Thursday, March 27, 2008

The Free Vote

David Williamson of the Western Mail has been on the telephone today to ask me for my opinion about 'Free Votes' in our parliaments. He may have been reading my post about the Human Fertilisation and Embyology Bill, which has caused me angst and Gordon Brown to display another bout of dithering. I'm rather in favour of the 'Free Vote' as a general principle. I accept that there has to be a system of 'whipping' if any sort of consistency or structure is to be maintained, but on issues of moral or religious conviction, I think politicians should be encouraged to decide for themselves - as far as possible anyway.

I thought that David Cameron was absolutely right to grant a 'Free Vote' to Conservative MPs on this contentious Bill, and Gordon Brown was right to change his mind, thought it doesn't really smack of 'moral compass' in that he only conceded when he thought he could carry his Bill without the rebels. Expediency rather than any sense of 'rightness' methinks. This debate is now likely to be much more interesting. It will be more transparent for the public, it should bring out some strong parliamentary performances by individual MPs (I would really love the challenge of speaking on this issue) and its good for democracy, in that voters can see how their MPs perform when they are not confined to the party line. This Bill is shaping up to be a highlight of the 2008 Parliamentary year.


Anonymous said...

The Speccie has a good article this week you should read

Hen Ferchetan said...

But what counts as "moral or religious"? Where is the line drawn?

I'd consider NHS privatisation, top-up fees, minimum wage and most other topics discussed in the commons to be moral issues.

What about fox-hunting? The objections to the "sport" are based on morals (i.e. that it's wrong to harm anmals for fun) - so I guess that also comes under the "morals and religion" heading.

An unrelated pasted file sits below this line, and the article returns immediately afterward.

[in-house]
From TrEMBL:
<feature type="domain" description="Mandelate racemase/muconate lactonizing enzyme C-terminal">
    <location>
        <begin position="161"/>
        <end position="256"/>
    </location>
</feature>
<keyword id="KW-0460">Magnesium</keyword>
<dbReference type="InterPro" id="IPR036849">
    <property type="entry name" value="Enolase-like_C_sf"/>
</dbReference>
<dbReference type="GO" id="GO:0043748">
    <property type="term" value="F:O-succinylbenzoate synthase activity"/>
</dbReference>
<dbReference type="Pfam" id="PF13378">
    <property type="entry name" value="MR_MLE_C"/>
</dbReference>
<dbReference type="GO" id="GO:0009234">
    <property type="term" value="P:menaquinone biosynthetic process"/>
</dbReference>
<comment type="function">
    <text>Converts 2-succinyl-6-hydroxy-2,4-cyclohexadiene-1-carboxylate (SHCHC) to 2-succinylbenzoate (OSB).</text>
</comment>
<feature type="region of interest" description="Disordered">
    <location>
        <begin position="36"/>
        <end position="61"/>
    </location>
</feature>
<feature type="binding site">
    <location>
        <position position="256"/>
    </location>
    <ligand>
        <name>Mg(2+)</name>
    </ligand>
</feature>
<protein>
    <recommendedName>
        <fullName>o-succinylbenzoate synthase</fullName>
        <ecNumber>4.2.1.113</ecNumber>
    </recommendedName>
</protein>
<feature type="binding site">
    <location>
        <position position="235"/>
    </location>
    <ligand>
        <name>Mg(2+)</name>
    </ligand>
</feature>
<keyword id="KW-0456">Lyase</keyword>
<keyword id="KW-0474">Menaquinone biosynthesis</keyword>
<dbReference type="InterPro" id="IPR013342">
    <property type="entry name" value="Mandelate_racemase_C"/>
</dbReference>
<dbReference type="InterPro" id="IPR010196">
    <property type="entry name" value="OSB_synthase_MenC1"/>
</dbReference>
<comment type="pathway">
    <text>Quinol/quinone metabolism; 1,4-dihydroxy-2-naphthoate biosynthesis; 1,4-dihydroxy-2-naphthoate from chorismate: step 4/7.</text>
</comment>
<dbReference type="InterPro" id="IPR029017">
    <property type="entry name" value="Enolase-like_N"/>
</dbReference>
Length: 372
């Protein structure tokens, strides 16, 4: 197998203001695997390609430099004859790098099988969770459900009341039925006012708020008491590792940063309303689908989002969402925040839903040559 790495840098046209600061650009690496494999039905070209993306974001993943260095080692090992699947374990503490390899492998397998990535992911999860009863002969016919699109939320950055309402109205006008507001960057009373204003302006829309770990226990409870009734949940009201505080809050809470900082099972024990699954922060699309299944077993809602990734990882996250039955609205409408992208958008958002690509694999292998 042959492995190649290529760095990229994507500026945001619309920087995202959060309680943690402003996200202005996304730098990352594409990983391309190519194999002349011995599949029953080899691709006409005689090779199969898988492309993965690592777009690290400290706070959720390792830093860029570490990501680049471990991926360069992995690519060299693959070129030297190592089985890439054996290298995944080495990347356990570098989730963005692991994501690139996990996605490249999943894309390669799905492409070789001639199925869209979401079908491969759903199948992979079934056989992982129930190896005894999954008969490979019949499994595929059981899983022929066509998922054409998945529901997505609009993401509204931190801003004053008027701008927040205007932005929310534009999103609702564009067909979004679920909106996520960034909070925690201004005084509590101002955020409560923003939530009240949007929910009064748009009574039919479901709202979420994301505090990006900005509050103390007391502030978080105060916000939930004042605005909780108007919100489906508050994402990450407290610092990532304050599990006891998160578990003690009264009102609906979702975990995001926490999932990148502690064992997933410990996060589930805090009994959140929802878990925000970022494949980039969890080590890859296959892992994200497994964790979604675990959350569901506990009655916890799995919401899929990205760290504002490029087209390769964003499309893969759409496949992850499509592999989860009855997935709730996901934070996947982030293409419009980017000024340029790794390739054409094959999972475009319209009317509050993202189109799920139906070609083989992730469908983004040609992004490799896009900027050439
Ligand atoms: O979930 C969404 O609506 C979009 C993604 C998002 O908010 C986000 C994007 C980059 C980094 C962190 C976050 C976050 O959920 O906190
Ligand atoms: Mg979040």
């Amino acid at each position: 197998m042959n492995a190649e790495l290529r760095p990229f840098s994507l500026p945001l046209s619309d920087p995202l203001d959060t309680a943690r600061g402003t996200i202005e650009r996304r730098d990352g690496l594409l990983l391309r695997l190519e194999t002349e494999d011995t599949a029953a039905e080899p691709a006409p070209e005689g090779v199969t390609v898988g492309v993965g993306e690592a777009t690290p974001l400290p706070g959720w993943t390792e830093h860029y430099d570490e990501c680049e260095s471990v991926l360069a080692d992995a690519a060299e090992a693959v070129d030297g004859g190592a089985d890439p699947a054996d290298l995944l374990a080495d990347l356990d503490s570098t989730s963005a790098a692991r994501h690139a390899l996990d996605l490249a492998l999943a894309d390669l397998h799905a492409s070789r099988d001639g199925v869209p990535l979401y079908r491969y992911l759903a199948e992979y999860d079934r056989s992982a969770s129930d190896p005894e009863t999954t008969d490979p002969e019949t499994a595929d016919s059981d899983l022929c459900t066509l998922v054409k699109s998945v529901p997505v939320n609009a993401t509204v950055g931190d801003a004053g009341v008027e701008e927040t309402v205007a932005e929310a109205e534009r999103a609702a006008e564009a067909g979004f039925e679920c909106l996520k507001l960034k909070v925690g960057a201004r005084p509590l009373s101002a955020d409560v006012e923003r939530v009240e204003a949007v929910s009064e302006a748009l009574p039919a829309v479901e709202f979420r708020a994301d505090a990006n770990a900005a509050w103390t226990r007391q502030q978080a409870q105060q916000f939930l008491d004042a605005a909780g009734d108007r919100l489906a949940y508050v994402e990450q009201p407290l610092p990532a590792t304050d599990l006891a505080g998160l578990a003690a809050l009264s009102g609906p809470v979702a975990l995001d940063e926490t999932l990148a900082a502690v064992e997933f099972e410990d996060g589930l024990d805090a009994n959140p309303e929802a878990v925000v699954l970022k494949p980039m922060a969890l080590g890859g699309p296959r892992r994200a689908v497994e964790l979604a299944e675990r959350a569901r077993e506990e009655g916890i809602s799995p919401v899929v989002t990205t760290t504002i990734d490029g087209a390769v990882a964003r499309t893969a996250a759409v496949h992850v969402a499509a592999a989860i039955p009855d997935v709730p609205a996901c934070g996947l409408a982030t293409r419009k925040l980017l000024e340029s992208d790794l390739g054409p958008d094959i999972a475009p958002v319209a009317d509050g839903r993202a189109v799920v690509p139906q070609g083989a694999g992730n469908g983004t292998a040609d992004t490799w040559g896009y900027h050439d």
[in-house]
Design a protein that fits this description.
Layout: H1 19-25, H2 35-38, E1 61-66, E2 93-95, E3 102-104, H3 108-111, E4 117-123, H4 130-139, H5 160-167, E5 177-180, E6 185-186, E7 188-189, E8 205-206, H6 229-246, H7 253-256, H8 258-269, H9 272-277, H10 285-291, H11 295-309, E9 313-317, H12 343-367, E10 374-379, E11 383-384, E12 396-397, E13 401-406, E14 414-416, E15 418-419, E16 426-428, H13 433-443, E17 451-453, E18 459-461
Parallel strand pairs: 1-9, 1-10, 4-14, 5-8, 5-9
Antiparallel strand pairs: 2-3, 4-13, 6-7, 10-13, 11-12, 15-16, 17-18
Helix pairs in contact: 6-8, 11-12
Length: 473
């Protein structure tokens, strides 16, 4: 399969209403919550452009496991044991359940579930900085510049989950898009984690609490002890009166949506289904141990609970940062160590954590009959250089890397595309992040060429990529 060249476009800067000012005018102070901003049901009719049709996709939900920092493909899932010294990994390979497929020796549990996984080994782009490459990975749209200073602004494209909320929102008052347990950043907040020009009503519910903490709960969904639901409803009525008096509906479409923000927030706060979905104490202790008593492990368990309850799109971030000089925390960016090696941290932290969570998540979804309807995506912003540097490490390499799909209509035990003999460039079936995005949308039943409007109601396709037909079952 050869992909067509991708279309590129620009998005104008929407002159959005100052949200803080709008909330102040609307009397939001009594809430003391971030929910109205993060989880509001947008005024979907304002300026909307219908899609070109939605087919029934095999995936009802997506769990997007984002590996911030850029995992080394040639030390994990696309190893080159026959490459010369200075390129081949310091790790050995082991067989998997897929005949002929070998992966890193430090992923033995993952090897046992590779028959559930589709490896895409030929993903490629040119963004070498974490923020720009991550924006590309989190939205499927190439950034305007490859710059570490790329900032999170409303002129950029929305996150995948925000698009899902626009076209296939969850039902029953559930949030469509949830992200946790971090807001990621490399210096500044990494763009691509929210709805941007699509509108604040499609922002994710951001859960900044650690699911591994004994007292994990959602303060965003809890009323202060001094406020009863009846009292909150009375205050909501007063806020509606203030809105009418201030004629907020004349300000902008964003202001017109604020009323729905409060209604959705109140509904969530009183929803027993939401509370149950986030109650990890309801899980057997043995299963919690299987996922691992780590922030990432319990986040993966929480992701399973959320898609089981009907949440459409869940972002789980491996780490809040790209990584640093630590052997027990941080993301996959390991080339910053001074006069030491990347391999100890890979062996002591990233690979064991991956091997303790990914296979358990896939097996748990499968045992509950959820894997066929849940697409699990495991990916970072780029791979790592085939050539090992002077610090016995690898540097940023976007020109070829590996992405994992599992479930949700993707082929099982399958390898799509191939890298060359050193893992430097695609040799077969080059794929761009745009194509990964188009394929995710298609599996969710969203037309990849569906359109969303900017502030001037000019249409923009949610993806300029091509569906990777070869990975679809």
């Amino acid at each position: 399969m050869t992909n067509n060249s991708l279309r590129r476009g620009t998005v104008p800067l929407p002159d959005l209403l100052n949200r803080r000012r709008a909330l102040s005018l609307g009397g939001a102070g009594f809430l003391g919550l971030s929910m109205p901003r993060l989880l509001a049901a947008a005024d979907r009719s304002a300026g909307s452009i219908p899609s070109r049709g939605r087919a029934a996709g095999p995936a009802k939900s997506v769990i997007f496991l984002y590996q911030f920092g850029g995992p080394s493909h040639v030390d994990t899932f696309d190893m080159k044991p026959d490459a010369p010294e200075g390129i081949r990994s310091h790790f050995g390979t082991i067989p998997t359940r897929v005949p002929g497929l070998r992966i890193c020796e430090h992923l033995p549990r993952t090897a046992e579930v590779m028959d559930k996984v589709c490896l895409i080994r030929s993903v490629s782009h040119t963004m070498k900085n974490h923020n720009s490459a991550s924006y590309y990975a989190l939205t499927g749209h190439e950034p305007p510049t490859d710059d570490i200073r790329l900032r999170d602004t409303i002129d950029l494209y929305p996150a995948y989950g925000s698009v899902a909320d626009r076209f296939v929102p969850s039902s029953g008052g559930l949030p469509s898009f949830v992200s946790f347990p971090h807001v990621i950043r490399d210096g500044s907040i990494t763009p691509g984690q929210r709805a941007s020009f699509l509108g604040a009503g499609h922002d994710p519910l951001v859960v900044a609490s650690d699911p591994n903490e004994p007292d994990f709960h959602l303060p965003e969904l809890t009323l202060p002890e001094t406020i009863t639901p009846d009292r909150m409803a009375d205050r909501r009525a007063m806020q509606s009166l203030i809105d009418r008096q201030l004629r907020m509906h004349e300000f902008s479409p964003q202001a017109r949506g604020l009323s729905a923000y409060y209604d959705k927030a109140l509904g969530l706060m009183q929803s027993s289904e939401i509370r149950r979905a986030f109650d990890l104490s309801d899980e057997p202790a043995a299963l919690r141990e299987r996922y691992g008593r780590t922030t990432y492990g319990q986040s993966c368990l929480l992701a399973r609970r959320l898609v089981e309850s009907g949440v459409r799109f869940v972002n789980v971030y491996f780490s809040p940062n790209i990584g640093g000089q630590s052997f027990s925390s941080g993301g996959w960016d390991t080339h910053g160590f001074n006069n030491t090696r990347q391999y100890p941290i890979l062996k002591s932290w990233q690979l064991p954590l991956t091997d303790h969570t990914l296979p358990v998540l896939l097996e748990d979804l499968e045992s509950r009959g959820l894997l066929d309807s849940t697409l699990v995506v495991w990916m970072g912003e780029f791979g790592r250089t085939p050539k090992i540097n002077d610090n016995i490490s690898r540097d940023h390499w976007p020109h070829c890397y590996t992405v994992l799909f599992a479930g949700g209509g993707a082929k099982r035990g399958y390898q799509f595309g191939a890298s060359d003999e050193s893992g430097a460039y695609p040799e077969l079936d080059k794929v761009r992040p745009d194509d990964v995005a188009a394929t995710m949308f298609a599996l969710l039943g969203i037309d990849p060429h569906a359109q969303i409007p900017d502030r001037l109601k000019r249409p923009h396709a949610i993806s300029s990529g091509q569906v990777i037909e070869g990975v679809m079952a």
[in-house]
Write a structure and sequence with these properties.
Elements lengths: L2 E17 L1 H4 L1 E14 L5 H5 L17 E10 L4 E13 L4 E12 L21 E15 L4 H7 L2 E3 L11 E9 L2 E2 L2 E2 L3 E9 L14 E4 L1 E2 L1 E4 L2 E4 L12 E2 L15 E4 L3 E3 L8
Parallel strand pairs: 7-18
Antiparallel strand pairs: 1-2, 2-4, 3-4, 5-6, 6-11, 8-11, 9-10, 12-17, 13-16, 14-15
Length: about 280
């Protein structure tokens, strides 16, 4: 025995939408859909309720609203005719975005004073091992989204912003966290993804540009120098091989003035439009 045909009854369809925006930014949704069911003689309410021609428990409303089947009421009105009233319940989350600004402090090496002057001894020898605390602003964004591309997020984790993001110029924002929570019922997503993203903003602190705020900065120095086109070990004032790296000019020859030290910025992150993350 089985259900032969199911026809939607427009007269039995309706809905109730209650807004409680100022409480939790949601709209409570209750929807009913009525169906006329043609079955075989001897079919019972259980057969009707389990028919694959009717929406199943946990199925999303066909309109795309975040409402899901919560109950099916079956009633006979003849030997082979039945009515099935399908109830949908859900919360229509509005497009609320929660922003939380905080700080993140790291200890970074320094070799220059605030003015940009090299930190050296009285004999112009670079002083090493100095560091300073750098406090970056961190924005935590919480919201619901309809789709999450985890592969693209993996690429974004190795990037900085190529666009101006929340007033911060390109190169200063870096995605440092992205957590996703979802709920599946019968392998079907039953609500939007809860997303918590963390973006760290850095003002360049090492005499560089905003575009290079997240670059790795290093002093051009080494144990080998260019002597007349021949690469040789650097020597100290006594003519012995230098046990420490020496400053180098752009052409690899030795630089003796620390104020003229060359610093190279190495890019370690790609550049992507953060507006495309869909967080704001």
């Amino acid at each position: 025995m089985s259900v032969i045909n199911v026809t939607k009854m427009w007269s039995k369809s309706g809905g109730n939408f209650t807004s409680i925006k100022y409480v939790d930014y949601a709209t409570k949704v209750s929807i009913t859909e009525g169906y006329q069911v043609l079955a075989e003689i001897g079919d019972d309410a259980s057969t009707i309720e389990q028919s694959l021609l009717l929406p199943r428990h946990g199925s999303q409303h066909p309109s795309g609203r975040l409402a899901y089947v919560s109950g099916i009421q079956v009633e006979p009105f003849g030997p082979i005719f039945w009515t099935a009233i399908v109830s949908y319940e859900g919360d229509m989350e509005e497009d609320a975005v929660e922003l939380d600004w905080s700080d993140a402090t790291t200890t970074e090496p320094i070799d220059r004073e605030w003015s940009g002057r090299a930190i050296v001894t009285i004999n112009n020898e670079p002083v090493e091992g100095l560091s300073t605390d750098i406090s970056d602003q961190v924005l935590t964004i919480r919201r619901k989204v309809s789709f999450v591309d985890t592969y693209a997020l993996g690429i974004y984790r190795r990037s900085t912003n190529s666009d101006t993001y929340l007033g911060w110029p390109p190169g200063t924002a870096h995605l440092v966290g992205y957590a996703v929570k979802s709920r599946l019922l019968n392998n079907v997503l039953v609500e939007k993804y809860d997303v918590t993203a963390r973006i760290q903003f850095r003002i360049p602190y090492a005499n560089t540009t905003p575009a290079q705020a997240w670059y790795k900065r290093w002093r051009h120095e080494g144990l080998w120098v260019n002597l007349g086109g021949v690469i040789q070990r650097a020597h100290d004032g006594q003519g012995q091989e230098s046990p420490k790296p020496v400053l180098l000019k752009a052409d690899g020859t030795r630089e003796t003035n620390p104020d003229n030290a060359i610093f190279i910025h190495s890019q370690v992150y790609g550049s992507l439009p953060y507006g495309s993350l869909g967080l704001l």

I cannot understand how any party can justify giving a free vote on matters that involve religion but not on all those other important issues.

Glyn Davies said...

anon - I've read the Spectator article and I share its concern that children would be born without a father at all. I just don't like it, or the message it sends out. This aspect of the Embyology Bill hasn't had much coverage yet, and it should.

Hen ferchetan - I completely take your point. All of us will have a different opinion about where 'free votes' are appropriate. At least it does seem that we agree that the principle should be acepted more widely than it is currently

Left Field said...

I share its concern that children would be born without a father at all.

Crikey. If women could mow lawns men would be finished!

Glyn Davies said...

left field - as a matter of fact, its Mrs D that mows the lawns in our garden. I bought her a ride-on mulcher when I was elected to the National Assembly 9 years ago. If I'm elected to Westminster I'll have to buy a 'ladies' fork and spade set'. Only joking. I do hope that I haven't transgressed the BBC's political correctness code.

Tom Pugh said...

"David Williamson of the Western Mail has been on the telephone today to ask me for my opinion about 'Free Votes' in our parliaments"

We only have one Parliament, you are not an elected member, yet, so in fairness how could you comment?
You could only know about THE Parliament if you are elected to it.

Glyn Davies said...

Tom - question for David, not me.

Hen Ferchetan said...

Certaintly the principle of a free vote should be used much more often - but I feel very uncomfortable about the precedent set here of allowing a free vote on matters of religious conscience but not on ones of personal conscience.

The parties should either admit that for all sense of purposes the free vote is dead and that the public vote for the party in elections not the individual, or, preferably, free votes should become more than common. Kow-towing to the Church while ignoring equally valid secular objections is a dangerous path.